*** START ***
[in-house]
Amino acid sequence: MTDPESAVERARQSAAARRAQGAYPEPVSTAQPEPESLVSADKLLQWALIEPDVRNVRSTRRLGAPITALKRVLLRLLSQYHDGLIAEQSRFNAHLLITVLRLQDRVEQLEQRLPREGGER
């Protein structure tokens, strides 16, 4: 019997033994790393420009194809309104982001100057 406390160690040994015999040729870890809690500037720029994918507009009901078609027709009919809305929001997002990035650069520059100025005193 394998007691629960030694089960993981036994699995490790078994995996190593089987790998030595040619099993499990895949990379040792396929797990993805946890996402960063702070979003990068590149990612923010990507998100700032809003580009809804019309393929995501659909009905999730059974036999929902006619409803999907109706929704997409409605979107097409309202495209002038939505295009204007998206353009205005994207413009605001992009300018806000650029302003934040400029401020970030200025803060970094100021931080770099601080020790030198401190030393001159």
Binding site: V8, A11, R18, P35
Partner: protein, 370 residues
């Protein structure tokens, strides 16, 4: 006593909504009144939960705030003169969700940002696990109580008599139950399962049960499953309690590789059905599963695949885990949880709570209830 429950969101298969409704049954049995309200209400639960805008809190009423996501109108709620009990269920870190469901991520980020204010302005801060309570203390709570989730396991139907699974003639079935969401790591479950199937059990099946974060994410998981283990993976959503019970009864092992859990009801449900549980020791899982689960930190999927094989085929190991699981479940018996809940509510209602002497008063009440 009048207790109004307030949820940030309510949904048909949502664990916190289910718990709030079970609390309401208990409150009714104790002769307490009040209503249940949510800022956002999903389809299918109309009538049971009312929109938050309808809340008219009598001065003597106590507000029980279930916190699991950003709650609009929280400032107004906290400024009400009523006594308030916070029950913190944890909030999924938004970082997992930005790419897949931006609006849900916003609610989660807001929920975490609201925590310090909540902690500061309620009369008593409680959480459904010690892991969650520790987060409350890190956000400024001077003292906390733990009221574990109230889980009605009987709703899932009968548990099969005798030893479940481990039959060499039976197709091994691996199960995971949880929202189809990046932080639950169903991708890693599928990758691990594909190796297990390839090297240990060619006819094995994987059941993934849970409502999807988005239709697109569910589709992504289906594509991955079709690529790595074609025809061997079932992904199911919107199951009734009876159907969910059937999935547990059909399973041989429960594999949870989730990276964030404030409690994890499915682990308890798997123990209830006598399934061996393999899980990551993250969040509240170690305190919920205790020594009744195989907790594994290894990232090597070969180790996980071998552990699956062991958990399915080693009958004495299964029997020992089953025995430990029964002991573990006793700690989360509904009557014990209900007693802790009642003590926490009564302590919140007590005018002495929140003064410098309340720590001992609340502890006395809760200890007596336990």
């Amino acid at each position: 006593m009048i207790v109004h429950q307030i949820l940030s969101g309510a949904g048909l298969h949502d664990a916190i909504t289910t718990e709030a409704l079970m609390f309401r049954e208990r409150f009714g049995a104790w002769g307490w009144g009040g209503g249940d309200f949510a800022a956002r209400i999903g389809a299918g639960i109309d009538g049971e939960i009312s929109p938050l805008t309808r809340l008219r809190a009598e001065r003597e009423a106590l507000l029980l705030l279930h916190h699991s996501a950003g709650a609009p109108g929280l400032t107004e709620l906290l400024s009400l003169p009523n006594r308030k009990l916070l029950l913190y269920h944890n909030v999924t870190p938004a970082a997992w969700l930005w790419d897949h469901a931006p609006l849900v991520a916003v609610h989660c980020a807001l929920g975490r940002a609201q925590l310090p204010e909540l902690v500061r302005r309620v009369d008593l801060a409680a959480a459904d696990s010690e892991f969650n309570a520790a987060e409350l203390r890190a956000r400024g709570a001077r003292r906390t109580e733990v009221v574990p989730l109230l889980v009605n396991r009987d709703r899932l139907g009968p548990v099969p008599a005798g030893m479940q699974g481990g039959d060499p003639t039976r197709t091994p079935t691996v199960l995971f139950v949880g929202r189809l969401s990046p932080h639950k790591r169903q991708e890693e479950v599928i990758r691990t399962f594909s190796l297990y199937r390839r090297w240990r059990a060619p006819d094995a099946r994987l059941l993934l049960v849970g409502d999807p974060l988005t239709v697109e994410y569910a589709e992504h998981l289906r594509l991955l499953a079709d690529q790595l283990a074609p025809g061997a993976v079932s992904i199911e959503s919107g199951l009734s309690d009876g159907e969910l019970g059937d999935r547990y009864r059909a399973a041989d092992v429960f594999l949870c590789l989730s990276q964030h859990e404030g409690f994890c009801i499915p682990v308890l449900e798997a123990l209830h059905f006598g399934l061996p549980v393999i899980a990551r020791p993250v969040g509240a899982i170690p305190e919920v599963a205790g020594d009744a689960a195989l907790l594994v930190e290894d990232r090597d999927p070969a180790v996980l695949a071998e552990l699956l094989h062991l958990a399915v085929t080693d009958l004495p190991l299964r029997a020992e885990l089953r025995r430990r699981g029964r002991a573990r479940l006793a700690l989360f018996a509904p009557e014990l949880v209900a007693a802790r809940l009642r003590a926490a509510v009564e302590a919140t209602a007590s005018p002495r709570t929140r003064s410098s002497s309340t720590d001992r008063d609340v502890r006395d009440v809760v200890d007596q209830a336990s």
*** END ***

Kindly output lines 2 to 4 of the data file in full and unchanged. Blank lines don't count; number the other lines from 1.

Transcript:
Amino acid sequence: MTDPESAVERARQSAAARRAQGAYPEPVSTAQPEPESLVSADKLLQWALIEPDVRNVRSTRRLGAPITALKRVLLRLLSQYHDGLIAEQSRFNAHLLITVLRLQDRVEQLEQRLPREGGER
């Protein structure tokens, strides 16, 4: 019997033994790393420009194809309104982001100057 406390160690040994015999040729870890809690500037720029994918507009009901078609027709009919809305929001997002990035650069520059100025005193 394998007691629960030694089960993981036994699995490790078994995996190593089987790998030595040619099993499990895949990379040792396929797990993805946890996402960063702070979003990068590149990612923010990507998100700032809003580009809804019309393929995501659909009905999730059974036999929902006619409803999907109706929704997409409605979107097409309202495209002038939505295009204007998206353009205005994207413009605001992009300018806000650029302003934040400029401020970030200025803060970094100021931080770099601080020790030198401190030393001159």
Binding site: V8, A11, R18, P35